The use of tilt-shift lenses also benefits the compositing technique, as Dotan remarks on recently shooting interior images of Madison Square Garden, "I photograph the lower half of the image first, then shift the lens upwards and photograph the upper half. This is helpful for rooms with very high ceilings, and tall buildings." Since the shift of the lens maintains a consistent planar relationship between the camera's sensor and the subject, stitching multiple images is much more seamless since the actual perspective of the camera has not changed. She is also able to mix perspective-corrected imagery with other imagery in order to attain expansive viewpoints that would also not be possible from a similar single frame, especially when trying to fit an entire skyscraper or large building within a frame while maintaining the perpendicular lines that are needed for a clean overall composition.

Madison Square Garden NYC

Canon TS-E 24mm f/3.5L II 20 sec f/11 ISO 320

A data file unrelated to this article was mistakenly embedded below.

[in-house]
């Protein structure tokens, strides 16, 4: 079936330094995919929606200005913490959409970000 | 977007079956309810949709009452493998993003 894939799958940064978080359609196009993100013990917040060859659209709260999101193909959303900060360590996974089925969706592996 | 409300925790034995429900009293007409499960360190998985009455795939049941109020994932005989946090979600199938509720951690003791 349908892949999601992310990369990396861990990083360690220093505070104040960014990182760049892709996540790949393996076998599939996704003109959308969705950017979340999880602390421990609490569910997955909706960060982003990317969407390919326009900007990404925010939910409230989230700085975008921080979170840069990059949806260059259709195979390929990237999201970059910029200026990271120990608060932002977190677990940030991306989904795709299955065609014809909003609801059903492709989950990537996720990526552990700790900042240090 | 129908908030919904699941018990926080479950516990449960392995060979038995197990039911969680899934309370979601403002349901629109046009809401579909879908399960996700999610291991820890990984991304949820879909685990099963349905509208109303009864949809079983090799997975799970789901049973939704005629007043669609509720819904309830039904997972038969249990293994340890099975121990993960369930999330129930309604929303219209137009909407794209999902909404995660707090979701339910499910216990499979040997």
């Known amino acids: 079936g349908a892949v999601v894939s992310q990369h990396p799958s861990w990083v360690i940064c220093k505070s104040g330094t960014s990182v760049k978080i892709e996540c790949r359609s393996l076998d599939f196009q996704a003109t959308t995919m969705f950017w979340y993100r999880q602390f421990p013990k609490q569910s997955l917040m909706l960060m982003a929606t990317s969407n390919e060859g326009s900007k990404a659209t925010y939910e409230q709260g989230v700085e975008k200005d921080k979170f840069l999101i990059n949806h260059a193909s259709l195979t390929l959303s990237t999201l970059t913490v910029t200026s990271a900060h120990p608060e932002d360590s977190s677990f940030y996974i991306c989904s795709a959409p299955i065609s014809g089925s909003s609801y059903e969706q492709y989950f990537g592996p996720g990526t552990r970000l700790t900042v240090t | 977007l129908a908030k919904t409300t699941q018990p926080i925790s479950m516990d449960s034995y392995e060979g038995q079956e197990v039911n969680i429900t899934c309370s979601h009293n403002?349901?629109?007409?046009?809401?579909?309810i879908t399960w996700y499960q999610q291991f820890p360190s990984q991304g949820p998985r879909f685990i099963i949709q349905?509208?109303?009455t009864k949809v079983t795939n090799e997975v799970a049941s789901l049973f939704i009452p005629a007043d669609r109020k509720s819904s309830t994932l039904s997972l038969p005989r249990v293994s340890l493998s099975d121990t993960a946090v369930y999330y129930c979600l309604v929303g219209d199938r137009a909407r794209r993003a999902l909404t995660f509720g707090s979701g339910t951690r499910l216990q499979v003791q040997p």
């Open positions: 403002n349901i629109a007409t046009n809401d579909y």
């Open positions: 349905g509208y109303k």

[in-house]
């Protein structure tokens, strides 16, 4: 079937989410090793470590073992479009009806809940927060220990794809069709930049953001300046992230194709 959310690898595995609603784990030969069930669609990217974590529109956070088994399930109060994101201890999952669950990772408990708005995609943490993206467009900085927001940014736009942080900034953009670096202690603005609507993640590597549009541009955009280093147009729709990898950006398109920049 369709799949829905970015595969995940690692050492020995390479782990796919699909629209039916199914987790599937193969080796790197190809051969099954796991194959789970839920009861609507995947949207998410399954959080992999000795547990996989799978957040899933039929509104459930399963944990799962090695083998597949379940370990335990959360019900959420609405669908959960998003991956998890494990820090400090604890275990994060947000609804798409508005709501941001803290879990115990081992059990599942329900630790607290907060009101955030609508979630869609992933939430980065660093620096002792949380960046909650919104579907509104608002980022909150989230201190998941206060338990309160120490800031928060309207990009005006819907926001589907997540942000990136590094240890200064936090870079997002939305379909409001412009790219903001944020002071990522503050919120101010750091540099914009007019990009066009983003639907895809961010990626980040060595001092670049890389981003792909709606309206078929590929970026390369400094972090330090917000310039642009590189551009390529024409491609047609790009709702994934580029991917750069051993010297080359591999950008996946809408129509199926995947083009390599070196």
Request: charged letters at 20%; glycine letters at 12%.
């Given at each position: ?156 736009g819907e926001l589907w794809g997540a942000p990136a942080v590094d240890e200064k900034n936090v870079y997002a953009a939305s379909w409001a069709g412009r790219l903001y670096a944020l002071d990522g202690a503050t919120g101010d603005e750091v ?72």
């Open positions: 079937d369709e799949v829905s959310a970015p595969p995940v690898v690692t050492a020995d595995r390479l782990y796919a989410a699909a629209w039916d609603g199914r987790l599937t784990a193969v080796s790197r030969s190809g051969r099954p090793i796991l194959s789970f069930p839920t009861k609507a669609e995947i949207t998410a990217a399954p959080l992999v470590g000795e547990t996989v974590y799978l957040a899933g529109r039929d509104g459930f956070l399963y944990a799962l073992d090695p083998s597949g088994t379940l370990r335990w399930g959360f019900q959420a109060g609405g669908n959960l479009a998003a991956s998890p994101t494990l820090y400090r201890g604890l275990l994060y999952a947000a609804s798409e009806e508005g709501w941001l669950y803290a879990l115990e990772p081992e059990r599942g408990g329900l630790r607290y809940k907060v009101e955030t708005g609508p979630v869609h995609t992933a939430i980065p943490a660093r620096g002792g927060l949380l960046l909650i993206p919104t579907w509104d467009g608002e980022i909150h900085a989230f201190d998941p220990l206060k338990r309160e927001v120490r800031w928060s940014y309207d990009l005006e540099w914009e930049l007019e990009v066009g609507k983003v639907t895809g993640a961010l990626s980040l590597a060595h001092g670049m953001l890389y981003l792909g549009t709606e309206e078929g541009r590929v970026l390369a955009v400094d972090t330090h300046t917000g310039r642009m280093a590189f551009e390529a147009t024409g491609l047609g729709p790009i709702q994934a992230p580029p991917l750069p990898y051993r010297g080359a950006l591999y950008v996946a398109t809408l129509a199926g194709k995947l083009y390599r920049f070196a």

When beginning a project, Dotan will often try to scout locations and develop a shot list prior to the day of the shoot. "Scouting the location with the client is extremely helpful. It gives me an opportunity to learn their vision, which areas and details are most important to them, and it also gives them an insight as to how I am going to approach the project. At the end of the scout I'll have created a rough shot list and will (hopefully) have all the information of what I'll need for the shoot." Since each assignment is drastically different, the pre-shot routine can vary from days to hours, depending on the subject being photographed. "I was hired to photograph the newly remodeled Madison Square Garden, an enormous project that took several days on site. I had to work fast to get the shots I wanted, otherwise I'd be there for months. Other days I'm shooting interior design projects where the designer and I will spend as much as an hour styling and composing each shot. Every shoot demands its own approach, and I'm always conscious of that when discussing a new project with a client." In addition to planning the shots and angles alone, one challenge that New York City brings is the sheer amount of congestion, whether it be people, traffic, or even just the buildings themselves.